• There was a sharp decline in high-income families this academic year, though the number of unreported/unknown incomes sharply inclined. Perhaps some high-income families chose to not report their income?
  • In the years following the recession (2008-2010), the percentage of low-income applicants decreased slightly, whereas the percentage of high income applicants started an upward trend. This may be due to societal changes around that period of time (i.e. what demographics were impacted by the recession) – though the presence of the unknown option makes this less obvious. It’ll be interesting to see what this looks like next year, after the full economic impacts of COVID-19 ripple through the population.

The 2020-21 Incoming Freshman Class

Let’s now take a visual look at what the demographic breakdown of this incoming class looks like. To accurately represent the incoming class, we use tree maps to visualize different permutations of demographic classes (e.g. low-income male-identifying students).

A tree map consists of rectangular boxes that, in this case, correspond to the number of applicants that fall into a particular demographic class. The coloring of the rectangular boxes varies by map: some maps are shaded by Admit Rate, whereas others are shaded by just the number of applicants in the class.

Hover over the boxes to view statistics about a particular class.

To view a tree map in full screen, right click the map and select Open Frame in New Tab.

Identifying Majority and Minority Demographic Classes: Ethnicity & Gender

Below are two maps representing the same data, with different shading. These maps represent the incoming class grouped by Ethnicity and Gender (in that order). Note the first is shaded by headcount, where dark greens illustrate large populations and light greens represent small populations. The second is shaded by admit rate, where dark reds illustrate populations with higher admit rates and lighter reds/oranges represent populations with lower admit rates (e.g. impacted populations).

In the map above, note the dominant demographic classes in terms of population density: Chinese and South Asian male-identifying students dominate the population, with 119 South Asian and 133 Chinese male-identifying students. On the other hand, there are only 10 African American female-identifying students. However, these numbers must be analyzed relative to admission rates; the map below is shaded by admit rate, which indicates what fraction of the demographic class was admitted. Note the inverse relationship between population size and admit rate.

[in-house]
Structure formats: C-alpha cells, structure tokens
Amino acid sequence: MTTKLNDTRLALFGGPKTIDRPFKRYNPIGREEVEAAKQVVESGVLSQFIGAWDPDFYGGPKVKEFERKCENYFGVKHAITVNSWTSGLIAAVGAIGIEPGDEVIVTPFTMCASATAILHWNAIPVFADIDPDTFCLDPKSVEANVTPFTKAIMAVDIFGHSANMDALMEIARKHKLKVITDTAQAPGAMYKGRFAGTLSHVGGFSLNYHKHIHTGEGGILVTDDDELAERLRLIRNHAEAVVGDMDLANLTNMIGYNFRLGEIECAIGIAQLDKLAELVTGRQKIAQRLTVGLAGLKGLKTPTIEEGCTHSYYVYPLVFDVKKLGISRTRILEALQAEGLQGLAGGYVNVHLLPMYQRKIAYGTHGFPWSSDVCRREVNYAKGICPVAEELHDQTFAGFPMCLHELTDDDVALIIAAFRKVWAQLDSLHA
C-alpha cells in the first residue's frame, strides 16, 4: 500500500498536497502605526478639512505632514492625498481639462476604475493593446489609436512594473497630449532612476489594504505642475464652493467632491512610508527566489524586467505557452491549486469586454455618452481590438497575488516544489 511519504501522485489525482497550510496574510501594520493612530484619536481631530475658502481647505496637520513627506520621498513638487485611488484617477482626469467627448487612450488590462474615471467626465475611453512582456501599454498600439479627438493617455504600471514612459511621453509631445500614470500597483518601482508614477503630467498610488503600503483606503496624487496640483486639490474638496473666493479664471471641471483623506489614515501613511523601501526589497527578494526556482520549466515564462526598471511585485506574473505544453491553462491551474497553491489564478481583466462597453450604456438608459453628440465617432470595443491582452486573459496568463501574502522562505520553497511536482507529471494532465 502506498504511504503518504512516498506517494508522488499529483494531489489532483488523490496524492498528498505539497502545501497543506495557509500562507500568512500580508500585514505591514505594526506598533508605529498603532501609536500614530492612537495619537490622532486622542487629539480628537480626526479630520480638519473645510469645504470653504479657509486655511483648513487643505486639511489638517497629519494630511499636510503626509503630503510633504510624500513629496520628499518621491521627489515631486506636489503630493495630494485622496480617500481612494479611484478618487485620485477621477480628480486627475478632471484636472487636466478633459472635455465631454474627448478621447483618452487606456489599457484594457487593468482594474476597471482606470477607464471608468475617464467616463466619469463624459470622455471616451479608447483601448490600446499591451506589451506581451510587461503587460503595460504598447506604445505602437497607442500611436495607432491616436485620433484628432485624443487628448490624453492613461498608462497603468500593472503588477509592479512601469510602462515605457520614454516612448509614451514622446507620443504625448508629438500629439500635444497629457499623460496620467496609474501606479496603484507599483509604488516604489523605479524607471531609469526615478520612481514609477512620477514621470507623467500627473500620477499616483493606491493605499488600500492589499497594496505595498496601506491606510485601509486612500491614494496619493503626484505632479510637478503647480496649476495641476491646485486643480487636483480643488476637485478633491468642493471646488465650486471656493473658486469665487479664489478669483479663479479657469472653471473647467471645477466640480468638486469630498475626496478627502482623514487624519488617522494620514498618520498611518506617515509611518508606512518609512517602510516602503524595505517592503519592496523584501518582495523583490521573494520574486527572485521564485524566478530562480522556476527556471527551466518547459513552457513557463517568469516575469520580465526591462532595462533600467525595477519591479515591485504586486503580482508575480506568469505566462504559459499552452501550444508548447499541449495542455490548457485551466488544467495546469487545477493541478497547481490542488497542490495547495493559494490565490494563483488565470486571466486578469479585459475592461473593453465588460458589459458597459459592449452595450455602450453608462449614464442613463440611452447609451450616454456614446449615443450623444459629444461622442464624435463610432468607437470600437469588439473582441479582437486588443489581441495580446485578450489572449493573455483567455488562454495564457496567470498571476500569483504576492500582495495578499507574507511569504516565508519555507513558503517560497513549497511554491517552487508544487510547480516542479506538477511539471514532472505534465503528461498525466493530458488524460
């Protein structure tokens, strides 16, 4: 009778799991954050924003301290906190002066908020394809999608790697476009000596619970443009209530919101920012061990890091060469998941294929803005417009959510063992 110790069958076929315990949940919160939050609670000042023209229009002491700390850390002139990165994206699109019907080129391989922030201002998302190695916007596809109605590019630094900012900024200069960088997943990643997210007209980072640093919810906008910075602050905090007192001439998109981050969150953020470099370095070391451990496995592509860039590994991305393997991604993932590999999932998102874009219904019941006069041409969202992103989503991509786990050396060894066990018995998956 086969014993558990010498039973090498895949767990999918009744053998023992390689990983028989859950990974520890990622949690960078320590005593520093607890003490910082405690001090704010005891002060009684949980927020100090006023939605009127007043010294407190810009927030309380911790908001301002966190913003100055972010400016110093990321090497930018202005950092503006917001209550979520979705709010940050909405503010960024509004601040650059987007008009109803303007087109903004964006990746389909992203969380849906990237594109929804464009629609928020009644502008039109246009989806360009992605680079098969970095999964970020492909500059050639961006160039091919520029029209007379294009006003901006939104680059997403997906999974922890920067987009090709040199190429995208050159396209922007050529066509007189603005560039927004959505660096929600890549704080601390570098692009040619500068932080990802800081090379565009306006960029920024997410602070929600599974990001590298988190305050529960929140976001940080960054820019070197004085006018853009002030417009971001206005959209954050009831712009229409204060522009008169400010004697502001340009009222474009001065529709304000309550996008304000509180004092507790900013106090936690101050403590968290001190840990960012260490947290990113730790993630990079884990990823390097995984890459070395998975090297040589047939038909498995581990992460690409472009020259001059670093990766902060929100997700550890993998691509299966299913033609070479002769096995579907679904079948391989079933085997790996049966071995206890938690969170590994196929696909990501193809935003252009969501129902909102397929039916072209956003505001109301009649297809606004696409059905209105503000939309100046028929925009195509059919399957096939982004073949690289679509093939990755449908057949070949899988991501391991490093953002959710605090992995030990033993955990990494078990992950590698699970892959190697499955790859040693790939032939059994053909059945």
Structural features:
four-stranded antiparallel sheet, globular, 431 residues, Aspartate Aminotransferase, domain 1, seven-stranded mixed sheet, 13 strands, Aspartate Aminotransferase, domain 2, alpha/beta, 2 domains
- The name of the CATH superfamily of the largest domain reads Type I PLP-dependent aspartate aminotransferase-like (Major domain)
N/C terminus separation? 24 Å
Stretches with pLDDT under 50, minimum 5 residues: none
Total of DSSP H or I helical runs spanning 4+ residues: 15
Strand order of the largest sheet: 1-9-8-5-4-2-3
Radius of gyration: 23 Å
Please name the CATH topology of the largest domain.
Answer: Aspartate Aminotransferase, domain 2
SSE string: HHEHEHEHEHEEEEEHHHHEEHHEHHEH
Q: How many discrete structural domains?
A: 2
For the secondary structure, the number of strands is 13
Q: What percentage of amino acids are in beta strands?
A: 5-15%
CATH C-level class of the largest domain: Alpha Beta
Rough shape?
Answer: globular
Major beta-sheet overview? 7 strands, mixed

Identifying Majority and Minority Demographic Classes: Family Income & Race

The following map truly symbolizes the demographic inequalities present in this year’s class; these trends mirror larger societal inequalities present in California and across the country. Pay close attention to the levels here – students are first split by family income, and then ethnicity. The dominance of the $150K+ South Asian demographic is striking.

However, the inverse relationship that was so evident in the previous map (Gender/Ethnicity) isn’t as clear-cut here: White and International students in the $150K+ and Income Not Reported categories have a slightly lower admit rate than South Asians, despite encompassing a smaller overall population. Moreover, the $60-80K demographic has a slightly higher admit rate than the $0-25K demographic; however, more analysis is necessary to reach a conclusion from that observation.

Comparing Ethnicity & First-Generation College Students

In this map, first-generation college students represent students who don’t have a parent who’s been to college. In the graph below, “NFG” stands for Not First-Generation and “FG” stands for First-Generation. Note the differences in what demographics have larger first-generation student populations (ex: Mexican American/Chicano students) and those that have much smaller first-generation populations (ex: South Asian/International). Again, note the relationships between particular demographics and admit rate.

The Most Important Visual of All: The Effect of Stacked Demographic Inequalities

This visual contains arguably the most important takeaway from this entire analysis. What’s contained below is a four-dimensional representation of student demographics: gender, ethnicity, income, and first-generation. The sharp differences in color represent the effect of stacked inequalities in this semester’s freshman class: demographic classes that are dark green inherently start out in a significantly different position than demographic classes that are light green. These inequalities demonstrate why organizations that help support minorities in Computer Science are necessary and important.

Support Minorities in STEM

As a final note, please check out the work that these groups are doing: given the demographic split in the map above, these groups are an essential part of bringing equity to the forefront of a computer science education at UC Berkeley!

Appendix

If you notice any corrections and/or typos – or want to ask questions or have comments about this analysis, please reach out to me! My Berkeley email is shomil@[…] edu.